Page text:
The myths Campbell references point us to the principles inherent in the cyclical nature of life—the ongoing, agonizing death of the outmoded and resistant old in us in order to prepare for the birth of the new. Gimbutas adds that, “… pre-industrial agricultural rites show a definite mystical connection between the fertility of the soil and the creative force of woman. In all European languages, the Earth is feminine.” (8) For example, the Goddess Persephone is represented visibly as the rebirth of plant life – the seeds of the old crops converging with the new. This dying away and coming into being again is not a singular, once-off event. It’s a continuing, cyclical process and a constant experience. In a sense, it’s the very quintessence of life itself. Indeed, that’s how we meet the Goddess within us.

 

Discuss this MythBlast with the author, Kristina Dryža, in our forums: Join the conversation in Conversations of a Higher Order. 

Kristina Dryža is recognized as one of the world’s top female futurists and is also an archetypal consultant and author. She has always been fascinated by patterns for feels we are patterned beings in a patterned universe. Her work focuses on archetypal and mythic patterns and the patterning of nature’s rhythms and their influence on creativity, innovation and leadership. Find out more at her website or watch her TEDx talk on “Archetypes and Mythology. Why They Matter Even More So Today.”


Weekly Quote

I think of mythology as the homeland of the muses, the inspirers of art, the inspirers of poetry. To see life as a poem and yourself participating in the poem is what the myth does for you.

Featured Work

Goddesses

While Joseph Campbell’s work reached wide and deep as he covered the world’s great mythological traditions, he never wrote a book on goddesses in world mythology. He did, however, have much to say on the subject.

Editor Safron Rossi collected over twenty of Campbell’s lectures and workshops on goddesses to create this evocative volume. Campbell traces the evolution of the feminine divine from one Great Goddess to many, from Neolithic Old Europe to the Renaissance. He sheds new light on classical motifs and reveals how the feminine divine symbolizes the archetypal energies of transformation, initiation, and inspiration.

Book Club

Walking in the Sacred Manner
By Mark St. Pierre and Tilda Long Soldier

“Walking in the Sacred Manner celebrates Plains Indian people, their spiritual traditions, and history from the moment of creation to the present day. Through extensive interviews with traditional holy women and their relatives, Mark St. Pierre and Tilda Long Soldier weave a tapestry of memory and story full of beauty and compassion, bound to the old ways of knowing…”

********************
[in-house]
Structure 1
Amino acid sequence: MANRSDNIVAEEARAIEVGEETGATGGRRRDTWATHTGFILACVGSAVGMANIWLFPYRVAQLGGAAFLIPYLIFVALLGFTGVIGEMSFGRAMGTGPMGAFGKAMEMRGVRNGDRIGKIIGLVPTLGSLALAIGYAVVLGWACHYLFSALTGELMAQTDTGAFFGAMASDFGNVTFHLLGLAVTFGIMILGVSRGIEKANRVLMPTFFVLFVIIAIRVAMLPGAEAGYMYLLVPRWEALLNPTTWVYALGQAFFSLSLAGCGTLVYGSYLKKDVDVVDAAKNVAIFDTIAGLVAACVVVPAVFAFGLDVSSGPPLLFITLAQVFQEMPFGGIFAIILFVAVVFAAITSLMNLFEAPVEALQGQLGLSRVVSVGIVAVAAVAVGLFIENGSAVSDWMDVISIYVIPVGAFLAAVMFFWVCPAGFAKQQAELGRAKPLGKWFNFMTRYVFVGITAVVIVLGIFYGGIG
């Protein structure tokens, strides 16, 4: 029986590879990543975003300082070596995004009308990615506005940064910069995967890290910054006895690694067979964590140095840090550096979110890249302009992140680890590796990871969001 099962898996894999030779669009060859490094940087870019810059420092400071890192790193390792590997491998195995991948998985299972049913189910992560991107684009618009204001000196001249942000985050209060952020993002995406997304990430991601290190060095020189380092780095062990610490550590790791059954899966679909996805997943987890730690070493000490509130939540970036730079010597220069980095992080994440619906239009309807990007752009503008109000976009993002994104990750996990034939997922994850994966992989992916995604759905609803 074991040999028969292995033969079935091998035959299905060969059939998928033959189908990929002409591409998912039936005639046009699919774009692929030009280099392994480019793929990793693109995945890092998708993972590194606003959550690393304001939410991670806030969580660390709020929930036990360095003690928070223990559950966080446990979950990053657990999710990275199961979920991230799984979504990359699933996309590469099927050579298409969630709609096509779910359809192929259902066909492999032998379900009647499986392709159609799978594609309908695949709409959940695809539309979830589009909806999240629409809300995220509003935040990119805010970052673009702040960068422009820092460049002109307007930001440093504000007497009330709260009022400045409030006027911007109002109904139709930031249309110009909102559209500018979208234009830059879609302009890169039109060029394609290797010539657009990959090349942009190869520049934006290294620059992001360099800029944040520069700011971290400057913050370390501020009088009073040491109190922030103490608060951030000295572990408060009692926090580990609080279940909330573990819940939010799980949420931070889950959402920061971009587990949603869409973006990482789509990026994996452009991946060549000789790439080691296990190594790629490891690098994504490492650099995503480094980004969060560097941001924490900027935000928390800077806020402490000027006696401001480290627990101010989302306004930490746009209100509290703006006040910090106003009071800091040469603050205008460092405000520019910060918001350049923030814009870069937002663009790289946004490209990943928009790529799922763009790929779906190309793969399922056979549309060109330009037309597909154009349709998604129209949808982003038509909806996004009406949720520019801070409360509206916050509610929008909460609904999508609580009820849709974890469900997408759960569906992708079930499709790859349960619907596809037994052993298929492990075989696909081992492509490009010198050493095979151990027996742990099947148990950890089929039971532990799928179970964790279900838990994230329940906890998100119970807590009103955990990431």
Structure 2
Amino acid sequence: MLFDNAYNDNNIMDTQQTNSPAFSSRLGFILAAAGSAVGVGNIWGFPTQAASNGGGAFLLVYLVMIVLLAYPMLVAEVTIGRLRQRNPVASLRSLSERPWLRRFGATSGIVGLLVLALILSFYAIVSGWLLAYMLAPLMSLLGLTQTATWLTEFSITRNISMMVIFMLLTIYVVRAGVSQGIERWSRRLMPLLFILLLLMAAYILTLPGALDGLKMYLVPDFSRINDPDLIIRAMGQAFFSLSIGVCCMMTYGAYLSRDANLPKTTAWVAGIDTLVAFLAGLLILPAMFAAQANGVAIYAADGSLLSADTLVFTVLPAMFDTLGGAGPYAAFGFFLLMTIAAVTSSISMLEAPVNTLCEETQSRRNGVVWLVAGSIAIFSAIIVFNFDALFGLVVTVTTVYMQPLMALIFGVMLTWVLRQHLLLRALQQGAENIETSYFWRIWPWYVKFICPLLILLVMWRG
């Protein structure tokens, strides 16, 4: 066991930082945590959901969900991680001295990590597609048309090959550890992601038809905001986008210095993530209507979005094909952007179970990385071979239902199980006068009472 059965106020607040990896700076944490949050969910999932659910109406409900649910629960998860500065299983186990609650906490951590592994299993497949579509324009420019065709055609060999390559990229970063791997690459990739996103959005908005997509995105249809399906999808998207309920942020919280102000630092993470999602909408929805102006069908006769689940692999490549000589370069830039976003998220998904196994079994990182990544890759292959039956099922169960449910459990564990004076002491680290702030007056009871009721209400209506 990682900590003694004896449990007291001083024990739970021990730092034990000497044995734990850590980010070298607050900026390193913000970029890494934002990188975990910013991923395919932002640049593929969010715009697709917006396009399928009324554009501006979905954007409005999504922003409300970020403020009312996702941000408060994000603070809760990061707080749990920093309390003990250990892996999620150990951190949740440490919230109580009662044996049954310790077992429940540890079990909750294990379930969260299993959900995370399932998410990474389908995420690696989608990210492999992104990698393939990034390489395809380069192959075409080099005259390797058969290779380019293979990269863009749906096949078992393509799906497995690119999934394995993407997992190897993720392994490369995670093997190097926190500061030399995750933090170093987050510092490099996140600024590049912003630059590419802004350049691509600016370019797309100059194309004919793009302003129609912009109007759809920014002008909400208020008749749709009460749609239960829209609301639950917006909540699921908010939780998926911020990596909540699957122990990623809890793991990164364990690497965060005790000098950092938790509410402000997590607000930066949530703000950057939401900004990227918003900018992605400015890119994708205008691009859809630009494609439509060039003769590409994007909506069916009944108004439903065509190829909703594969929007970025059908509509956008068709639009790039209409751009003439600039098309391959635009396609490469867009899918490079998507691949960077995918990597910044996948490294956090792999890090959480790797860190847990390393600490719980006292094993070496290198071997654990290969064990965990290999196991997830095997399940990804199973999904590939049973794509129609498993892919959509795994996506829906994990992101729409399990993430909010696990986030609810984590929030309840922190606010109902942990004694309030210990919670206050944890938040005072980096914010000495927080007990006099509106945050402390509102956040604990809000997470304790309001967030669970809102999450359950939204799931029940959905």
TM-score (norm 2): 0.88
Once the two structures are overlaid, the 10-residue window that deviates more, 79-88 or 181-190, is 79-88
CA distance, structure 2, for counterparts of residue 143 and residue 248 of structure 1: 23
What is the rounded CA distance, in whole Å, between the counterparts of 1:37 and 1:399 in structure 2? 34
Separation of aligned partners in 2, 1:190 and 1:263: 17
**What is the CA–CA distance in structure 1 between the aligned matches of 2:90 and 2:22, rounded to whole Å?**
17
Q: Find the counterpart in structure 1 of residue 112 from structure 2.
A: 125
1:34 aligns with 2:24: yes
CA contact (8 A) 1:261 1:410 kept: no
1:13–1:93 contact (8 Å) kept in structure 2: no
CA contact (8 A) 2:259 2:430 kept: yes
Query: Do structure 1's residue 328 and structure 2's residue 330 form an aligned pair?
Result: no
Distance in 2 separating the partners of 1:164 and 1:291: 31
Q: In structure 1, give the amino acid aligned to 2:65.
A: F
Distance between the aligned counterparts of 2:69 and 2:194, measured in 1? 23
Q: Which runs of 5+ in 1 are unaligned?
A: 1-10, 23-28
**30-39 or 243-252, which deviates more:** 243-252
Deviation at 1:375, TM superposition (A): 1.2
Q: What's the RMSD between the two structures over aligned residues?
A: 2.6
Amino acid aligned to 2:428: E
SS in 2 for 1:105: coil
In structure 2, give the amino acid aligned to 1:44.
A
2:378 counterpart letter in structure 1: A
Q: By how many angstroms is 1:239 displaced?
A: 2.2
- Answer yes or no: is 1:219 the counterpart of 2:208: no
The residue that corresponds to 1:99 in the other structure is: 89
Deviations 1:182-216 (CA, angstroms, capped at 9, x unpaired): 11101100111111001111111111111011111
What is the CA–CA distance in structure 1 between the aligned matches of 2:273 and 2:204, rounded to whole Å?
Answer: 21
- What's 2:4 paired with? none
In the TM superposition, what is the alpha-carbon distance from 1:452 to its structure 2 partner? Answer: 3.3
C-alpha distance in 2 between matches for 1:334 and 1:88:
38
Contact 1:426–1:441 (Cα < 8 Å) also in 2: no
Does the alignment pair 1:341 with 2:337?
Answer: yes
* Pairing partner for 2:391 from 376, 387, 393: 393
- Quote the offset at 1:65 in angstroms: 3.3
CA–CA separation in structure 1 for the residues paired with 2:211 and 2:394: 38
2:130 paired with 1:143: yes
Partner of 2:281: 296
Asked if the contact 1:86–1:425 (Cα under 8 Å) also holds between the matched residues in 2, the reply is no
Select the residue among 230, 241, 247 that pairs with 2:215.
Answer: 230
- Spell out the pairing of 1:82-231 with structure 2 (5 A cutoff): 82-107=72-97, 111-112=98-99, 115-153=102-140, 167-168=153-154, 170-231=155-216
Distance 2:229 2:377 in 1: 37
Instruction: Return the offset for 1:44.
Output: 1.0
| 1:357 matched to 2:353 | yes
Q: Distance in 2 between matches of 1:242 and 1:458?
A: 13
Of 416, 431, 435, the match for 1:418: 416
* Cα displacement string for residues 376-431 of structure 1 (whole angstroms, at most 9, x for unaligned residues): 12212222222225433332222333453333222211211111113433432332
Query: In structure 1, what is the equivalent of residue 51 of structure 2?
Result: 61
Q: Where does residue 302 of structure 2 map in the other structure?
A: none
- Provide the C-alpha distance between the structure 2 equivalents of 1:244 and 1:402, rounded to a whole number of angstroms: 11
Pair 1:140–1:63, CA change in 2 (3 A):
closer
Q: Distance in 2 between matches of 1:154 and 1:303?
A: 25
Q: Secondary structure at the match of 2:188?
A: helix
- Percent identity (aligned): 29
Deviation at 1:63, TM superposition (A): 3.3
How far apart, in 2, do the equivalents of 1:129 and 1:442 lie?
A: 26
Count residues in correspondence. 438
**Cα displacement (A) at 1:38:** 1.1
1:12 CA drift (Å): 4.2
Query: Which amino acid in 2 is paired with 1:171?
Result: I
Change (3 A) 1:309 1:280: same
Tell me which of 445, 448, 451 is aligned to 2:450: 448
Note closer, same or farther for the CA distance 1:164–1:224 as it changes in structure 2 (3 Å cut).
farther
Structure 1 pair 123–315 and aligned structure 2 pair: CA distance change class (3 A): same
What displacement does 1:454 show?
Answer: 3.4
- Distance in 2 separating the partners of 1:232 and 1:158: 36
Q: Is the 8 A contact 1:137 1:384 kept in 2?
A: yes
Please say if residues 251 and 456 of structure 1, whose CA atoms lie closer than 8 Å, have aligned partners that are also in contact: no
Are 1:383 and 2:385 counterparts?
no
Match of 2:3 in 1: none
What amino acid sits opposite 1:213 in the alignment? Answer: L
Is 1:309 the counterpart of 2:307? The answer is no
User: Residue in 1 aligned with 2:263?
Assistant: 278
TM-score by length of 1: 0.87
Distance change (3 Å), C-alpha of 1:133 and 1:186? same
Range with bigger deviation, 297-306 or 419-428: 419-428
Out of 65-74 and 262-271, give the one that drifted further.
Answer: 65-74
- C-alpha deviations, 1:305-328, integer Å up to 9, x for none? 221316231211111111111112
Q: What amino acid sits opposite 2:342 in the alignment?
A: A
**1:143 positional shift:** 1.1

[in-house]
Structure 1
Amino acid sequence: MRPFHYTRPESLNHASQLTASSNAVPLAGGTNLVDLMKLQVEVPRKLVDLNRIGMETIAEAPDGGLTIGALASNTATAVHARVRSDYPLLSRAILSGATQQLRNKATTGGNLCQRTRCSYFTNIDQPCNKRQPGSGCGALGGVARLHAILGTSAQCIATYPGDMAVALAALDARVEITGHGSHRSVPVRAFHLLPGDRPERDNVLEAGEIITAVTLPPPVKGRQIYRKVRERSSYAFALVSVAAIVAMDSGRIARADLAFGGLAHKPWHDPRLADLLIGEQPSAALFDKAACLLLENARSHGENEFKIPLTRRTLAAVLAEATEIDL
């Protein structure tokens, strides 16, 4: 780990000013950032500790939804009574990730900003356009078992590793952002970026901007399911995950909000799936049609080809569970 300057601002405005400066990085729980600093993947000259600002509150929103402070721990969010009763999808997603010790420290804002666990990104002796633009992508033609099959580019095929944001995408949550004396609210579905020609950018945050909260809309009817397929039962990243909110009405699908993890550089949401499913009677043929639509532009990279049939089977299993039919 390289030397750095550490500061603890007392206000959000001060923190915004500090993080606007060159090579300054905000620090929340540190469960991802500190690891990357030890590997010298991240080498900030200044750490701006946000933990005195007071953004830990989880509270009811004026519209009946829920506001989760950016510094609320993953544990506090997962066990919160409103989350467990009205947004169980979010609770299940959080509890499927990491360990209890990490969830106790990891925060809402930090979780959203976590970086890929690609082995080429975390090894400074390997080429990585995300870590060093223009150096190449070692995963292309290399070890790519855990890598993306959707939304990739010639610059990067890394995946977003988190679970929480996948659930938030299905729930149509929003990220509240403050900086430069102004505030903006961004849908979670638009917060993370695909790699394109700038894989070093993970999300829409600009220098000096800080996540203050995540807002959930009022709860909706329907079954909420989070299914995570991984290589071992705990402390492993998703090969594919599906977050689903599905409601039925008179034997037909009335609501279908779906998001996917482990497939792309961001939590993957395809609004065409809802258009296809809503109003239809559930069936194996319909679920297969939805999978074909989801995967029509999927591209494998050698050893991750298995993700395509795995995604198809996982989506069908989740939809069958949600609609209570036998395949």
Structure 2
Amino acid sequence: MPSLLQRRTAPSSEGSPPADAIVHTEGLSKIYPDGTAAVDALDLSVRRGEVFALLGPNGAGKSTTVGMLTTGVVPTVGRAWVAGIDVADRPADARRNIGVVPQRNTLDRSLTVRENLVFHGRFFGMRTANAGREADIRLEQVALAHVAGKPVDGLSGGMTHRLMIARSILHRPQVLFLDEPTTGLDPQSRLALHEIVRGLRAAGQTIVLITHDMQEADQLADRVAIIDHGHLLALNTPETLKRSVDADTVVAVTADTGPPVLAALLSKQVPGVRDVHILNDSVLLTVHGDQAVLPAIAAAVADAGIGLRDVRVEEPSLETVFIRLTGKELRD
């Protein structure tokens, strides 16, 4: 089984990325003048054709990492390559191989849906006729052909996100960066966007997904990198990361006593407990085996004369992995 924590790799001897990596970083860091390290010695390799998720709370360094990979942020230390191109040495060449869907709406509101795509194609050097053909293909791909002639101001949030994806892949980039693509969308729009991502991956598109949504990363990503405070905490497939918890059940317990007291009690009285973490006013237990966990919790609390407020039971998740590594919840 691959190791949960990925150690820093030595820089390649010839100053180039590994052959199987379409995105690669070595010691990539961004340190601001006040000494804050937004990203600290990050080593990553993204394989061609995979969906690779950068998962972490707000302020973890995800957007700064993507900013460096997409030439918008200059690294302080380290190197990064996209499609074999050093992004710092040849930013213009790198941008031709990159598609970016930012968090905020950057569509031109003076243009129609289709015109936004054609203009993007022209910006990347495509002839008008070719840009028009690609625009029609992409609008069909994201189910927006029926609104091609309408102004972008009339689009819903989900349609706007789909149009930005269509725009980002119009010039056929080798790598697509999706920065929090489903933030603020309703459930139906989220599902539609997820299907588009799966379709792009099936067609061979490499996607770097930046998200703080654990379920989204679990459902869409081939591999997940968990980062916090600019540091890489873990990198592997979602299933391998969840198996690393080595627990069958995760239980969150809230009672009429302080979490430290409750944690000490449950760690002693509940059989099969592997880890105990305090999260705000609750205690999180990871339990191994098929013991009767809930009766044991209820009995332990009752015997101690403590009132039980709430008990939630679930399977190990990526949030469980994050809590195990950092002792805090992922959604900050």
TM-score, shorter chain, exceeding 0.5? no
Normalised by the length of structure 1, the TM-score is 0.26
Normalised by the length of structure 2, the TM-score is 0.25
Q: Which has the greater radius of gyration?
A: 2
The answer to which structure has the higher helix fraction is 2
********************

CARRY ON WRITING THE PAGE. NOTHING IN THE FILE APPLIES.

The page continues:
Leon Aliski, PhD
Editorial Advisory Group
Joseph Campbell Foundation

Monthly Gift

Foreword to Marija Gimbutas’s The Language of the Goddess (Esingle)

Our gift to you this month is short ebook. Access this download for free until the end of the month.

One of the last things that Joseph Campbell wrote, this foreword reflects Campbell’s most developed thoughts on the subject of the Great Goddess.

News & Updates

For one week of Higan-e, September 19 through 25, Pure Land Buddhism takes time to honor ancestors and chant the nembutsu, effectively proclaiming “I take refuge in Amida Buddha,” a practice requiring little more in the way of religious formality. Busy people, take note.

With prayer and food offerings, Hindus reserve a sixteen-lunar-day period beginning on the 21st which they call the “fortnight of the ancestors,” or Pitru Paksha.

Ananta-chaturdasi (Festival of Ten Virtues), September 19, is the culmination of Jainism’s Dashalakshani-parva (see News and Updates/Second Week of September). The next day, known as Ksamavani, Jains ask and offer forgiveness for offenses committed over the year.

During Sukkot, September 21 – 27, Jews acknowledge G-d’s loving presence in creation and among themselves. Meals are eaten in a Sukkah or “booth.” Traditionally made of organic materials, the shelters are transient by design, but signify the eternal.

The death of Eihei Dogen Kigen, founder of Japan’s Sōtō Zen school, is observed September 22.

Shūbun-no-hi, also on the 22nd, falls in the middle of the seven-day Higan, a traditional holiday season recognized by most Japanese Buddhist traditions. Liturgically, this Autumnal Equinox Day is a time to embrace the memory of ancestors.

For Wiccans, the 22nd is Mabon, a harvest festival dedicated primarily to the Goddess who will guide her devotees through the winter to come and, metaphorically, through the passage from youth to wise old age.